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Shaler Area students bring art form of lion dance to life

| Wednesday, Nov. 13, 2013, 9:01 p.m.
Louis Raggiunti | Shaler Journal
Stephen Kaib, Isaiah Tait and Madison Rhodes practice at Gong Lung, Steel Dragon Kung Fu and Lion Dance School in Lawrenceville.
Louis Raggiunti | Shaler Journal
At Gong Lung, Steel Dragon Kung Fu and Lion Dance School in Lawrenceville, students practice a Lion Dance.
Louis Raggiunti | Shaler Journal
At Gong Lung, Steel Dragon Kung Fu and Lion Dance School in Lawrenceville, students practice a Lion Dance.
Louis Raggiunti | Shaler Journal
At Gong Lung, Steel Dragon Kung Fu and Lion Dance School in Lawrenceville, students practice a Lion Dance.
Louis Raggiunti | Shaler Journal
Stephen Kaib practices the symbol.

A group of Shaler Area students are taking the lessons they learned in an after-school program and applying them to the ancient Chinese art form of lion dance.

Instructors with Gong Lung, Steel Dragon Kung Fu and Lion Dance school, in Lawrenceville, have been teaching beginning kung fu classes to elementary students at Reserve Primary School for nearly a decade, and at least three young students have advanced to apply those skills to performing lion dance.

Madison Rhodes, 16, Austin Kruse, 13, and Stephen Kaib, 11, all of Reserve Township, were introduced to kung fu by Chris Young, instructor and owner of Steel Dragon at the primary school while students there.

Their interest in the sport and art led each of them to continue classes at Steel Dragon after they graduated from the primary school and now they participate in lion dance teams as well as kung fu classes.

“Kung fu is the base fundamentals, then you apply it to lion dance,” said Rhodes, an 11th-grader at Shaler Area High School.

Lion dance is a Chinese tradition that dates back more than 1,500 years. It involves a team of two people to play the lion, which includes wearing a fabric costume and carry a 25 to 35 pound paper mache mask. Other team members perform the music on drums, cymbals and gongs or play other characters in the dance.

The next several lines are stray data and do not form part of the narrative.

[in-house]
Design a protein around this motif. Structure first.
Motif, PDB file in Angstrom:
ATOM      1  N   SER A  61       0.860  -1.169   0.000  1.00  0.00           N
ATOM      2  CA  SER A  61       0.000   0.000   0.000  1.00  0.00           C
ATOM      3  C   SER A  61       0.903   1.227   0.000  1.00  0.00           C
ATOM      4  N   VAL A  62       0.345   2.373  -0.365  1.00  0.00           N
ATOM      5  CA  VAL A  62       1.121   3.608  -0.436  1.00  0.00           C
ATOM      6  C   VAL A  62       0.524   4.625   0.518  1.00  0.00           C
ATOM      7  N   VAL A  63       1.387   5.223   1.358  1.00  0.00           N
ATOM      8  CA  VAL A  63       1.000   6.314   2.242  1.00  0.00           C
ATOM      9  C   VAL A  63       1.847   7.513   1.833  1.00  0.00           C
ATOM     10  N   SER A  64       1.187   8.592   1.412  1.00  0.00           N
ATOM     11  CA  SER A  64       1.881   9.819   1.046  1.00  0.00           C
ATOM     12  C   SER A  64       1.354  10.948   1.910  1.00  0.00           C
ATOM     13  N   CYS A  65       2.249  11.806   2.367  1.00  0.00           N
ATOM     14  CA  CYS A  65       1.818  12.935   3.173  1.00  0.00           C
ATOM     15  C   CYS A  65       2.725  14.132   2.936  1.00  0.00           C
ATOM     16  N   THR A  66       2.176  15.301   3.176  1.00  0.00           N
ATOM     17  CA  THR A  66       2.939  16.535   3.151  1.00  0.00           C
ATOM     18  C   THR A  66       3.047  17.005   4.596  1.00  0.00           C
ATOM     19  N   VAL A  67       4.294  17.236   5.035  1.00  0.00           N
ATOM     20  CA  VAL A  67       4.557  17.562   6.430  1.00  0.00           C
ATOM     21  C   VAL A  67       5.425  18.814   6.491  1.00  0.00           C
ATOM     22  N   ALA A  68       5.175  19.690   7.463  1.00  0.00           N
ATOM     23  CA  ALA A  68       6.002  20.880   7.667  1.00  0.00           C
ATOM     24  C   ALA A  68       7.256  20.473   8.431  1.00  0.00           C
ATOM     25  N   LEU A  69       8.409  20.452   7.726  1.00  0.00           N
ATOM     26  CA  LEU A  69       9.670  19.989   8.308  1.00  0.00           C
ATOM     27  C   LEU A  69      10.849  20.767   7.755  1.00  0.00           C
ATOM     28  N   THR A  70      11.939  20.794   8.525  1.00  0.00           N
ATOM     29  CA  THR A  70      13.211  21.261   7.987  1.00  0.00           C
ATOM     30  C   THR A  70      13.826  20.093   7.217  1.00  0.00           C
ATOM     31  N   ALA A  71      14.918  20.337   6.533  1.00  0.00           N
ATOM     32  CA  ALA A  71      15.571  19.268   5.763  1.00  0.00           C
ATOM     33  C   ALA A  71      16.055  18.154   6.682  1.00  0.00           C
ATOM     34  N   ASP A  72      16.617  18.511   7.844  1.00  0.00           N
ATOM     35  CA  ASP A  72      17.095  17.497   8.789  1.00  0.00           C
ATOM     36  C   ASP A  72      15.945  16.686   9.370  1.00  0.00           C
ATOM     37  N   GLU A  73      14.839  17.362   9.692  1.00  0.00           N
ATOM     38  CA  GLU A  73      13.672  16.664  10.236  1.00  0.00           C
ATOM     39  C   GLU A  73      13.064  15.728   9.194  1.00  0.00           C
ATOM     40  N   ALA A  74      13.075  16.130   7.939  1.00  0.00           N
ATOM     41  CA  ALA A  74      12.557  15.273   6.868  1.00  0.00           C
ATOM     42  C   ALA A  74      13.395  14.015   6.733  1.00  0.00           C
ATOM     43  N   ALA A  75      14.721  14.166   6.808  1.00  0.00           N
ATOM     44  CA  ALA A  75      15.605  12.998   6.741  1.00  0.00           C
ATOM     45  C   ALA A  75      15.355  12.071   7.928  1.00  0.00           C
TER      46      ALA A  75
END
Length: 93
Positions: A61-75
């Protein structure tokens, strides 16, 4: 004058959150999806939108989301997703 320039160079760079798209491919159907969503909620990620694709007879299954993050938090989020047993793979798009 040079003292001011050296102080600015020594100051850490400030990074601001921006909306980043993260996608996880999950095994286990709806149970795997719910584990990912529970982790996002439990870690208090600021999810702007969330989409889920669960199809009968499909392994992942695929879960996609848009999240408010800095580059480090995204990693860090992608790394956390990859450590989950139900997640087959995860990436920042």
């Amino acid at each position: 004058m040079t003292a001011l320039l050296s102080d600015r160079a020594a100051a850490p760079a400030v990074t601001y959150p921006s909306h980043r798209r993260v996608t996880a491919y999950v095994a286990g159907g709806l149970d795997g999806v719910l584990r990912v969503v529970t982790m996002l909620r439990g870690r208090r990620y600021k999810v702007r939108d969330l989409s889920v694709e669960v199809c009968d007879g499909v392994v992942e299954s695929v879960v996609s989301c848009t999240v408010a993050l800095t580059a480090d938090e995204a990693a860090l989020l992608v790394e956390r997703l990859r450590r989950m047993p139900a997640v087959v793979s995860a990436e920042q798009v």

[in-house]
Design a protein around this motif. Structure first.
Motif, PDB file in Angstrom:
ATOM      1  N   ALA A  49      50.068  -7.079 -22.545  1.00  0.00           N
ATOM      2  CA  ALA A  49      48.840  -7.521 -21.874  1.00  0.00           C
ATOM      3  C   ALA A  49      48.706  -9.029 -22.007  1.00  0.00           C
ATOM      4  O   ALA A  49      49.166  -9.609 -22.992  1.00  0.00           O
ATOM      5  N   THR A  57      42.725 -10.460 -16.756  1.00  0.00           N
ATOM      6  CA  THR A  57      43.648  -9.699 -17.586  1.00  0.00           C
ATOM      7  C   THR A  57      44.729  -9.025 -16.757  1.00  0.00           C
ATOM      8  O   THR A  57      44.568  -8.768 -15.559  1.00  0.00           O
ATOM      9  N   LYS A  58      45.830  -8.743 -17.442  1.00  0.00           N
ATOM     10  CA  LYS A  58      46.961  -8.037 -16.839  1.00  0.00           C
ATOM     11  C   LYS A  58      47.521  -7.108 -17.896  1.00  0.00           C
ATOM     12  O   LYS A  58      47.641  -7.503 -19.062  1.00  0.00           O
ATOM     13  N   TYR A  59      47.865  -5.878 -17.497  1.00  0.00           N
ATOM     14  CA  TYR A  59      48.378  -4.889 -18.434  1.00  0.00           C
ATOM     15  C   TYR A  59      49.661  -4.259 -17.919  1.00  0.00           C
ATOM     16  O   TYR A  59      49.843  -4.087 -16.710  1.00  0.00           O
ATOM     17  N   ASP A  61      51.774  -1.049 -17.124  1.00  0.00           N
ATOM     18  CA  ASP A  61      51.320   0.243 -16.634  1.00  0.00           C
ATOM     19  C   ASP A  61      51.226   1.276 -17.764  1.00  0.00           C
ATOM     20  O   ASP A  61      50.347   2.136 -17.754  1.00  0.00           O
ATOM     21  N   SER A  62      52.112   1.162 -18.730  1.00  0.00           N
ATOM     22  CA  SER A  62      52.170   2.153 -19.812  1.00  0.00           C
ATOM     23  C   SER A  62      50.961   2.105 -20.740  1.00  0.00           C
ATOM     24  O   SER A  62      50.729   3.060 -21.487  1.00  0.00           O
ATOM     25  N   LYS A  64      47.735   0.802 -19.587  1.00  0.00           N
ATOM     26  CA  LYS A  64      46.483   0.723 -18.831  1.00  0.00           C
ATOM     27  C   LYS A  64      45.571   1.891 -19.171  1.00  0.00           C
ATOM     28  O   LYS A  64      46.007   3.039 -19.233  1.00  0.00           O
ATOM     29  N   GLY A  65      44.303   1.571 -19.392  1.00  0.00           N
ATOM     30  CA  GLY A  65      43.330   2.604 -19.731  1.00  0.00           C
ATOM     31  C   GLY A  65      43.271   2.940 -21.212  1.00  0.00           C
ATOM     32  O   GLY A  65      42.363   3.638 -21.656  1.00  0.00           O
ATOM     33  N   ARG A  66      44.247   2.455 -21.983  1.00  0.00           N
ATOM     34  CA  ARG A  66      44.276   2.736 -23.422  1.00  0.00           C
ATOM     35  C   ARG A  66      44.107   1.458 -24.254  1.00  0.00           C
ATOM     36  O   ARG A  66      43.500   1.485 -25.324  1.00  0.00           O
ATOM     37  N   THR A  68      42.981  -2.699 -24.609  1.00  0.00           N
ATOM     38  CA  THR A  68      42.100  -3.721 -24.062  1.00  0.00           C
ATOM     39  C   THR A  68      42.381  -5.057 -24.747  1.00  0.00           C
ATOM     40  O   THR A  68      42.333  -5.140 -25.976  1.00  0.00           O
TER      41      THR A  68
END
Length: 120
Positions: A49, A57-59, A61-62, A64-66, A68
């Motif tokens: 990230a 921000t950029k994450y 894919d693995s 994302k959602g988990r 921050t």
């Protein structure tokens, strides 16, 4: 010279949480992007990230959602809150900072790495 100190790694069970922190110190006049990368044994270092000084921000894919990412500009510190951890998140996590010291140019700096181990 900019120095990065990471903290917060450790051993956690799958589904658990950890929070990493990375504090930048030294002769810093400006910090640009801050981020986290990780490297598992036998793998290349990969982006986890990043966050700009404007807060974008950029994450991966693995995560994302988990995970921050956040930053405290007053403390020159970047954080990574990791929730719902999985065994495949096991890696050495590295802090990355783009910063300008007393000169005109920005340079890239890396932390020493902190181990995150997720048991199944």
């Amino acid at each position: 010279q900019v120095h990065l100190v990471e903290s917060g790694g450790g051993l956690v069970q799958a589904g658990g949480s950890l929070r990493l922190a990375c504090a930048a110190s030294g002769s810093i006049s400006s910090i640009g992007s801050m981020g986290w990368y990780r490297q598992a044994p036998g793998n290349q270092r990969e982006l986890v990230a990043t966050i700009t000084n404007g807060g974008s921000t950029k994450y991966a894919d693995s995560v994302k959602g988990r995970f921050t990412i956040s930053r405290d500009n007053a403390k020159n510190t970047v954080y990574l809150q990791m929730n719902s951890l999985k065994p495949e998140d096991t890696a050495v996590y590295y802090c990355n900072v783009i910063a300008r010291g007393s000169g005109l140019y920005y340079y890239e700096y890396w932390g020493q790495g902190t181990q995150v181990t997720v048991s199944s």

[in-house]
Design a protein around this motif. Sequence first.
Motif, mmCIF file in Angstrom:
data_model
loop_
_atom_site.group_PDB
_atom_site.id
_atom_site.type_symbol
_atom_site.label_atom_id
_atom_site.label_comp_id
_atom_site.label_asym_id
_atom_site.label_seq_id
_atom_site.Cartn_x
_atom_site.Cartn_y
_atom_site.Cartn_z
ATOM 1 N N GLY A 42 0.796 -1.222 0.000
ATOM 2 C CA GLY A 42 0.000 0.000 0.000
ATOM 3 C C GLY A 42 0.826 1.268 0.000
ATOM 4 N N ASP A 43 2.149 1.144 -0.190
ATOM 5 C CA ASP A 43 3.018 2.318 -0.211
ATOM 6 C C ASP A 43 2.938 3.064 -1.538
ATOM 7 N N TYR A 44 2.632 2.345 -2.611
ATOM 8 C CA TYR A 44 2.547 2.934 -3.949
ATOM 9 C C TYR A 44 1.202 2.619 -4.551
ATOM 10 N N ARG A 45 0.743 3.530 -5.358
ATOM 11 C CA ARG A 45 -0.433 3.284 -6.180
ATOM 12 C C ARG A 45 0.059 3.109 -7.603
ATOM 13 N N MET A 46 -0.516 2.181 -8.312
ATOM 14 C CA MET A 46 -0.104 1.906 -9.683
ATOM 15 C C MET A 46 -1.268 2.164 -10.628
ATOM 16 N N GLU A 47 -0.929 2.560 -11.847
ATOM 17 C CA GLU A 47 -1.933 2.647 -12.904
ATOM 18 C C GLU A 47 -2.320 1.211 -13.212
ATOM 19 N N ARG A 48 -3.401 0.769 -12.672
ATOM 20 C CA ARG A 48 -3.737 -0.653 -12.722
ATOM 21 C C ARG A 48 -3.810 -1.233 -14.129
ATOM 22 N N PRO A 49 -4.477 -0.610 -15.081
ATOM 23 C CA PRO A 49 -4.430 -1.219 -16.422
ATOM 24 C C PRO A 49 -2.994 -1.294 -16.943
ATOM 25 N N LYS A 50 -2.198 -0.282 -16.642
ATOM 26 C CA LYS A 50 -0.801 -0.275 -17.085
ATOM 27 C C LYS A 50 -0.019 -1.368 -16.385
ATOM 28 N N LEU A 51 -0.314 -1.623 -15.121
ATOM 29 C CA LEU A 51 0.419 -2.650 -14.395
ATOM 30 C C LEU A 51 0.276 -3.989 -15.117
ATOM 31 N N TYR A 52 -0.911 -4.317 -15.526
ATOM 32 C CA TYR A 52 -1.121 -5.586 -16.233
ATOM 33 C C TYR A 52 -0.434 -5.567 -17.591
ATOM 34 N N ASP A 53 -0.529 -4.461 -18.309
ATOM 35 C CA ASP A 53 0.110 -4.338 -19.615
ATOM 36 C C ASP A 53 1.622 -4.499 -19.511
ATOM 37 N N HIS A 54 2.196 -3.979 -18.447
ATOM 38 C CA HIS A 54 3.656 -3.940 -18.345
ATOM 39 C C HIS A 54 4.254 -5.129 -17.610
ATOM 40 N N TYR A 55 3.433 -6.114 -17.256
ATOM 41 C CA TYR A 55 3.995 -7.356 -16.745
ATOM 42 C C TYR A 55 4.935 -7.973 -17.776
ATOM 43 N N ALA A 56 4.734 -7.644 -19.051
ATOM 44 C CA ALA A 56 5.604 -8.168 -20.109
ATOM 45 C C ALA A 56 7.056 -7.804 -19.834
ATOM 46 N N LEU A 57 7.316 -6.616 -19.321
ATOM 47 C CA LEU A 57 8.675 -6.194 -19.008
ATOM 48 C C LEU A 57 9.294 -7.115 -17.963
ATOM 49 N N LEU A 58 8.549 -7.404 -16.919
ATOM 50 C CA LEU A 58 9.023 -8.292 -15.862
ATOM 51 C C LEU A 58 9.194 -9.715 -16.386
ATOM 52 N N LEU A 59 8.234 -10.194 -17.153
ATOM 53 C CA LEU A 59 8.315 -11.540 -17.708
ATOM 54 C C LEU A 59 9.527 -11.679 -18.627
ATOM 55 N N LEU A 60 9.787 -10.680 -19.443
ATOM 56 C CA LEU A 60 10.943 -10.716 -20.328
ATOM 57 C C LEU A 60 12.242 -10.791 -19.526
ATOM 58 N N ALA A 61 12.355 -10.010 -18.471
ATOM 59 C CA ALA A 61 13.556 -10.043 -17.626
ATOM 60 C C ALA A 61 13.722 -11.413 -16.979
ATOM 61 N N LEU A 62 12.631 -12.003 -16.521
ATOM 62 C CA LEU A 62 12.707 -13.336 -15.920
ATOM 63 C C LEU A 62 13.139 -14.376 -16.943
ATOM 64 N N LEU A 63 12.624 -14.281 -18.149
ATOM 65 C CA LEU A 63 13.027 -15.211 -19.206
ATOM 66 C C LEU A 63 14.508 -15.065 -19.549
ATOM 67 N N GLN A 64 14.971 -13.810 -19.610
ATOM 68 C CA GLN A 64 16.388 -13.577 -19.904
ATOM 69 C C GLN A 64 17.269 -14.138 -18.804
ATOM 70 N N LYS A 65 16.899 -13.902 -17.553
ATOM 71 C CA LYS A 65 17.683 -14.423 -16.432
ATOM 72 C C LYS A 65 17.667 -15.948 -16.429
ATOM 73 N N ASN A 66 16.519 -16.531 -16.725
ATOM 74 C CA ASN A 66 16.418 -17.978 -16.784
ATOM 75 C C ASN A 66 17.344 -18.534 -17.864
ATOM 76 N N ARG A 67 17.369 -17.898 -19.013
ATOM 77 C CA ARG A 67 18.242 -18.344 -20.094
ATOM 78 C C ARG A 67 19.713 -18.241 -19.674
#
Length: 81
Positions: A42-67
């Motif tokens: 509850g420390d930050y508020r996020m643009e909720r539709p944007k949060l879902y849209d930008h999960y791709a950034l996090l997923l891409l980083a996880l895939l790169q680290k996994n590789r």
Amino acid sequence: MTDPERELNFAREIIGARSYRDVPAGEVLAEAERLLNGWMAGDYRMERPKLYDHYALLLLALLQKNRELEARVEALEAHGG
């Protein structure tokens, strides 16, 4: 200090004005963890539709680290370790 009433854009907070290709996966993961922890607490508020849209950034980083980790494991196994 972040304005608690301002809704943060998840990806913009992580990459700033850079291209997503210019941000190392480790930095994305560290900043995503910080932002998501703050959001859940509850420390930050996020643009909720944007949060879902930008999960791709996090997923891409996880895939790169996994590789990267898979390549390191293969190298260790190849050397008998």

The dances can be used to tell a story, bring good luck or to entertain. During the dance, the lion must perform different tasks, which challenge the team's athleticism and kung fu techniques.

Young, of Bloomfield, has been interested in martial arts and lion dance since he was 3 years old and would visit California's Chinatowns with his family. After he moved to Pittsburgh to study, Young opened the kung fu school out of a desire to teach lion dance.

“All I really wanted to do was lion dance but to do that, you need to learn martial arts and it just kind of expanded from there,” he said. “It's used to show how good your kung fu is without showing how you fight.”

Students with Steel Dragon have performed lion dances at weddings, cultural festivals and grand opening celebrations. In August, Rhodes and Kaib were part of the Steel Dragon group that performed a lion dance for Millvale Community Library's grand opening. And the students are practicing to perform at the upcoming Thanksgiving Day parade and Chinese New Year celebrations in January.

Kruse, an eighth-grader at Shaler Area Middle School, said practicing the lion dance strengthens their kung fu stances and flow because of how closely the two are tied together. Kruse, like many of the students at the school, has practiced each position of the lion dance team and enjoys exploring a different cultural art form. “It's unique and not a lot of people do it around here,” he said.

Young's family is originally from Southern China where lion dance is strongly tied to the area's culture. Young said because of his family's ancestry, he feels a strong connection to passing on the traditions of kung fu and lion dance.

“It's an art and treasure to keep alive,” he said “I want to pass on this information.”

“This is great stuff that needs to be preserved. It teaches a lot of life lessons. To me it's like Shakespeare. It's not just a great story, it talks a lot about humanity.”

Young said the lion dance also adds to the diversity in Pittsburgh where the art form practiced by a smaller population and is looking forward to developing his students' talents and abilities.

“We can add something to the Pittsburgh environment to make it better,” he said. “I like this feeling we can bring something to this really vibrant mix.”

Bethany Hofstetter is a staff writer with Trib Total Media. She can be reached at

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